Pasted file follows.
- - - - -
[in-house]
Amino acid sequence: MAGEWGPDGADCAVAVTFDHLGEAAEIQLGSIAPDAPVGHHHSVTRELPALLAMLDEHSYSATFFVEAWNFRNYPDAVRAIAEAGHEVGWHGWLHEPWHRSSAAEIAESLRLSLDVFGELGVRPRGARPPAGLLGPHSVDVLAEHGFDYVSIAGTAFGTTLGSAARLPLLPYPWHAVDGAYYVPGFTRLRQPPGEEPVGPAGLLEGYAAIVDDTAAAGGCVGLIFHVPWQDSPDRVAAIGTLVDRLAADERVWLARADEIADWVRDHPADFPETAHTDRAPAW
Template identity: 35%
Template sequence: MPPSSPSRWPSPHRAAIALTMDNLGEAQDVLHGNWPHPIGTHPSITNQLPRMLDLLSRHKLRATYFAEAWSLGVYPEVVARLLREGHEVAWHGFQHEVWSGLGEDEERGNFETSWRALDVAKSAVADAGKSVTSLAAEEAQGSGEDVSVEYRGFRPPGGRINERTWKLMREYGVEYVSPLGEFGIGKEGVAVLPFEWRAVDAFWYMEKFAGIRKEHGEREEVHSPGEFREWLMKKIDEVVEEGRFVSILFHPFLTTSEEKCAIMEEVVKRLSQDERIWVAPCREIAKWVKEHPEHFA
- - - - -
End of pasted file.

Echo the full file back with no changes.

[in-house]
Amino acid sequence: MAGEWGPDGADCAVAVTFDHLGEAAEIQLGSIAPDAPVGHHHSVTRELPALLAMLDEHSYSATFFVEAWNFRNYPDAVRAIAEAGHEVGWHGWLHEPWHRSSAAEIAESLRLSLDVFGELGVRPRGARPPAGLLGPHSVDVLAEHGFDYVSIAGTAFGTTLGSAARLPLLPYPWHAVDGAYYVPGFTRLRQPPGEEPVGPAGLLEGYAAIVDDTAAAGGCVGLIFHVPWQDSPDRVAAIGTLVDRLAADERVWLARADEIADWVRDHPADFPETAHTDRAPAW
Template identity: 35%
Template sequence: MPPSSPSRWPSPHRAAIALTMDNLGEAQDVLHGNWPHPIGTHPSITNQLPRMLDLLSRHKLRATYFAEAWSLGVYPEVVARLLREGHEVAWHGFQHEVWSGLGEDEERGNFETSWRALDVAKSAVADAGKSVTSLAAEEAQGSGEDVSVEYRGFRPPGGRINERTWKLMREYGVEYVSPLGEFGIGKEGVAVLPFEWRAVDAFWYMEKFAGIRKEHGEREEVHSPGEFREWLMKKIDEVVEEGRFVSILFHPFLTTSEEKCAIMEEVVKRLSQDERIWVAPCREIAKWVKEHPEHFA